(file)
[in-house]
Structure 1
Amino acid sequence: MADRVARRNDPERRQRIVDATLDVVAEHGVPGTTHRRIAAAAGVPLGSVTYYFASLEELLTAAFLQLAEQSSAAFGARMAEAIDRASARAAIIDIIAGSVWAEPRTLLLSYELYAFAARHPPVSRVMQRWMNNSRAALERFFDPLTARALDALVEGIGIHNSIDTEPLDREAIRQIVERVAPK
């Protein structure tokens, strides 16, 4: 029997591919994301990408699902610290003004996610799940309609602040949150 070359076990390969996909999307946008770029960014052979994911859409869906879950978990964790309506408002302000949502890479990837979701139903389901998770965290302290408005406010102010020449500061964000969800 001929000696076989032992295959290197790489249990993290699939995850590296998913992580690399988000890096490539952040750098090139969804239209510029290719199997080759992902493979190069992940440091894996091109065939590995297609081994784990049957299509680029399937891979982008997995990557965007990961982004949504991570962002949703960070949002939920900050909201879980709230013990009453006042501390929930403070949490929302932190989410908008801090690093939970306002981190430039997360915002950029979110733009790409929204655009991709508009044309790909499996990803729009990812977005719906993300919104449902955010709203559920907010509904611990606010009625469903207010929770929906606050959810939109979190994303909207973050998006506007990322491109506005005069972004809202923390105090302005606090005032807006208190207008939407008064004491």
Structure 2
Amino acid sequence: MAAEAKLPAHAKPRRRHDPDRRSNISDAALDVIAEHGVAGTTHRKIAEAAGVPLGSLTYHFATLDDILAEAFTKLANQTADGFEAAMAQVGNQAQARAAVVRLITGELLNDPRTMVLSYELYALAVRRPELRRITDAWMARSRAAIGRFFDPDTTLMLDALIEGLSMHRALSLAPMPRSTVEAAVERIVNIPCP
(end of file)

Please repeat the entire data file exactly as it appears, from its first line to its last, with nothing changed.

[in-house]
Structure 1
Amino acid sequence: MADRVARRNDPERRQRIVDATLDVVAEHGVPGTTHRRIAAAAGVPLGSVTYYFASLEELLTAAFLQLAEQSSAAFGARMAEAIDRASARAAIIDIIAGSVWAEPRTLLLSYELYAFAARHPPVSRVMQRWMNNSRAALERFFDPLTARALDALVEGIGIHNSIDTEPLDREAIRQIVERVAPK
């Protein structure tokens, strides 16, 4: 029997591919994301990408699902610290003004996610799940309609602040949150 070359076990390969996909999307946008770029960014052979994911859409869906879950978990964790309506408002302000949502890479990837979701139903389901998770965290302290408005406010102010020449500061964000969800 001929000696076989032992295959290197790489249990993290699939995850590296998913992580690399988000890096490539952040750098090139969804239209510029290719199997080759992902493979190069992940440091894996091109065939590995297609081994784990049957299509680029399937891979982008997995990557965007990961982004949504991570962002949703960070949002939920900050909201879980709230013990009453006042501390929930403070949490929302932190989410908008801090690093939970306002981190430039997360915002950029979110733009790409929204655009991709508009044309790909499996990803729009990812977005719906993300919104449902955010709203559920907010509904611990606010009625469903207010929770929906606050959810939109979190994303909207973050998006506007990322491109506005005069972004809202923390105090302005606090005032807006208190207008939407008064004491």
Structure 2
Amino acid sequence: MAAEAKLPAHAKPRRRHDPDRRSNISDAALDVIAEHGVAGTTHRKIAEAAGVPLGSLTYHFATLDDILAEAFTKLANQTADGFEAAMAQVGNQAQARAAVVRLITGELLNDPRTMVLSYELYALAVRRPELRRITDAWMARSRAAIGRFFDPDTTLMLDALIEGLSMHRALSLAPMPRSTVEAAVERIVNIPCP